Monday, June 18, 2012
This last Saturday was "Save the Bookstores" Day. I hope you had a chance to visit and support your local bookstore and help them out. As we see brick-and-mortar bookstores closing around the country in these difficult economic times, we don't want to see what was once a common sight of bookstores easily found anywhere from a mall to small towns fade away.
The IndieReader.com has an article by Terri Giuliano Long dated May 16, 2012 regarding this, titled "Sticks & Stones: The Changing Politics of the Self-Publishing Stigma." The article gives a villain to blame for local bookstores closing, the burgeoning self-publishing industry. But the other side to this is that more books are easily accessible at bargain prices.
"As well-educated and experienced writers—emerging authors who’ve honed their craft as well as established and traditionally published authors—increasingly opt to go the indie route, the bar is rising. As with indie musicians and filmmakers, indie authors bring new life to an evolving industry. Today, readers have access to a wealth of funny, poignant, brilliant voices of talented new authors from around the globe—voices that, just a few years ago, might have been silenced by the old guard."
The article also explains how a feud is forming between traditionally published authors and indie published authors. There are some rising tempers over the issue.
I also found an article, "The 'Golden Age' of Bookstores: A Myth?" by Kristina Chew June 12, 2012, on the Care2.com website that gives a different aspect of the saga.
"It’s become commonplace to bemoan the demise of bookstores in this age of Amazon.com and downloadable e-books. But The Atlantic's Alexis Madrigal points out that, back in 1931, there were only 500 real bookstores in the US in 1931 and that the “golden age” of bookstores in the US may not have been such at all.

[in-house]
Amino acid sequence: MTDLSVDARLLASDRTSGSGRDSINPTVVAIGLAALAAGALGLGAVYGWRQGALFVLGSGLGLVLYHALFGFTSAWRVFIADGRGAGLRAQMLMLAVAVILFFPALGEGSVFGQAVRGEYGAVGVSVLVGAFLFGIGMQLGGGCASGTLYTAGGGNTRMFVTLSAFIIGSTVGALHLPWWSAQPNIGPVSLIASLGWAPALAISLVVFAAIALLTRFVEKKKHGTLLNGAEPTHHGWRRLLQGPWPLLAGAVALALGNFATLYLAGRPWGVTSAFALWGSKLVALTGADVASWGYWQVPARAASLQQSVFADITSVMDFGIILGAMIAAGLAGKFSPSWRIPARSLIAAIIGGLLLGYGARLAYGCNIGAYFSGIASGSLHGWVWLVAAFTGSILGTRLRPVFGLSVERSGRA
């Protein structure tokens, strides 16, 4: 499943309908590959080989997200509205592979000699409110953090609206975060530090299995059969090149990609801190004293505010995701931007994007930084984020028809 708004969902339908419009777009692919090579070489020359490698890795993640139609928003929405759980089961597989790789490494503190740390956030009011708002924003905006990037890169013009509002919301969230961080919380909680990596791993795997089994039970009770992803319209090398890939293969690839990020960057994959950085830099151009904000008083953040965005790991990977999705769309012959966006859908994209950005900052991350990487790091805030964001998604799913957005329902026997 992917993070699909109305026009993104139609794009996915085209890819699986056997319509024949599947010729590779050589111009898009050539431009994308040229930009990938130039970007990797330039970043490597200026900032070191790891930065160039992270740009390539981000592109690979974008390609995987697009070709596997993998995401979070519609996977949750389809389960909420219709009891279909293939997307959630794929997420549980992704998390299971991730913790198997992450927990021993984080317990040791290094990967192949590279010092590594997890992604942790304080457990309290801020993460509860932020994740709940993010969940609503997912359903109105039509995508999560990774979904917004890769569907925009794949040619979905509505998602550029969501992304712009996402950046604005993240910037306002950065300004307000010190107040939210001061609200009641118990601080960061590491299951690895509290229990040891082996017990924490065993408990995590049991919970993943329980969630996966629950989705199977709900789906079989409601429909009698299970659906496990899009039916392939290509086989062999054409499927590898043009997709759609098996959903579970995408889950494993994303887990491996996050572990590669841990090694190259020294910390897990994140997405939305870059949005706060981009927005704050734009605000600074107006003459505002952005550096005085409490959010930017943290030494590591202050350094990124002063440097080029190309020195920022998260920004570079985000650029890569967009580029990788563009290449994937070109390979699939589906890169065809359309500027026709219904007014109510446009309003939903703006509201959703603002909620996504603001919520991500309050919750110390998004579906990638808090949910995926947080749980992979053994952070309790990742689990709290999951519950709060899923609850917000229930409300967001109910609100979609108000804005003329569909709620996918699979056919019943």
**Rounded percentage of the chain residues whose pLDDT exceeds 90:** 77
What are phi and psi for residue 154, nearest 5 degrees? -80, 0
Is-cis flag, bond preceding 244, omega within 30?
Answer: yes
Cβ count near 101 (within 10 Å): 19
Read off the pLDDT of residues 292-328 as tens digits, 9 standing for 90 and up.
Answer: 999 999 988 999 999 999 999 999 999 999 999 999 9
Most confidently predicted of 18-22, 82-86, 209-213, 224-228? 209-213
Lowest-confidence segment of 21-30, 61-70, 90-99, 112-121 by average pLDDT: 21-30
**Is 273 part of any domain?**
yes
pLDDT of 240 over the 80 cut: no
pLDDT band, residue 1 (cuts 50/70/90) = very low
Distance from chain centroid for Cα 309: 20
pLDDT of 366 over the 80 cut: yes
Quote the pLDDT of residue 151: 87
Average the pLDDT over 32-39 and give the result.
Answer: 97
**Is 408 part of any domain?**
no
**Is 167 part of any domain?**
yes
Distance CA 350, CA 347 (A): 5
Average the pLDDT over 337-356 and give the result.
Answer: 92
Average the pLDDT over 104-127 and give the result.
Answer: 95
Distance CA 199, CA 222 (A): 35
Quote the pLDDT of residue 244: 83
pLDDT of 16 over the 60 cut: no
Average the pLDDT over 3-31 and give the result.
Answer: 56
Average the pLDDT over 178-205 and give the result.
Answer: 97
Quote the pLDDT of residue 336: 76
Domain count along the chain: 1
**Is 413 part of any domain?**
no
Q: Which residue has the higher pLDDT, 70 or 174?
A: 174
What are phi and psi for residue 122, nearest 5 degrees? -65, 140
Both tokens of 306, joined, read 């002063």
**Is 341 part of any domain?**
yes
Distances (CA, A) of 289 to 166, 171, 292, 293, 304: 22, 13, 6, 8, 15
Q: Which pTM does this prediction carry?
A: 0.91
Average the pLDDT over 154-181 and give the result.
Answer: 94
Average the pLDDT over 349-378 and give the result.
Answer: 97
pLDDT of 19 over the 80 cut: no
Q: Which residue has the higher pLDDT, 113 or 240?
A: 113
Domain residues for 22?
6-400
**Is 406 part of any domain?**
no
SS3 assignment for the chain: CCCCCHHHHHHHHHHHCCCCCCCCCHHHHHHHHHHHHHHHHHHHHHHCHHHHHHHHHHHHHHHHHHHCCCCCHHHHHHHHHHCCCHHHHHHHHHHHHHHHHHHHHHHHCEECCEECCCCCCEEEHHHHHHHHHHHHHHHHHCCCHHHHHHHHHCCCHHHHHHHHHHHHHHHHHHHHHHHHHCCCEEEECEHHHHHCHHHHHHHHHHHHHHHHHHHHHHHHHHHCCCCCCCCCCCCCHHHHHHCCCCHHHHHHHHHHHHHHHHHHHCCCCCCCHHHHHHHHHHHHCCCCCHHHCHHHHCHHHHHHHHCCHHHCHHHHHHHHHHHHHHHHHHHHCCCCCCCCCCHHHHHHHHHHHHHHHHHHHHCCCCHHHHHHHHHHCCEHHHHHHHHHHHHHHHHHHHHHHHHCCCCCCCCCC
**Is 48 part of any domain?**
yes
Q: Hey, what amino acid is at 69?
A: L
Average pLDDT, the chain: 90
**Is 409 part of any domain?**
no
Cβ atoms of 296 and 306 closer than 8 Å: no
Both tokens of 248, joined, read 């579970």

...the big box bookstore — are a very recent phenomenon and one (as evinced in the bankruptcy of Borders) with a seemingly short existence. It could be argued that books are more accessible than ever, provided you have Internet access and some kind of e-reader device. What the paperback and now the e-book eras have ushered in is another phenomenon, of more and more people being able to own books."
The Kristina Chew article says that a very small percentage of people could afford books, nor had access to places which carried many books, until the advent of the paperback. The paperback made books affordable and more likely to be available where everyday consumers could buy them. The e-book revolution is now opening up availability of more books by removing the gatekeepers who decided what would be published.
I must confess, I have a Nook... okay two. But I still love having a physical book. You can't get an e-book autographed, write in the margins, nor recycle them at a used book store for somebody else to love them - while getting money for them. I love that, other than water or fire damage, I will still have my book and don't have to worry about an electronic device dying or loosing data with newer versions of software etc. I am hoping we can maintain both going forward.
What do you think dear reader? Is indie publishing busting things wide open a good thing? Is the inexpensive e-book a blessing by making reading even more affordable?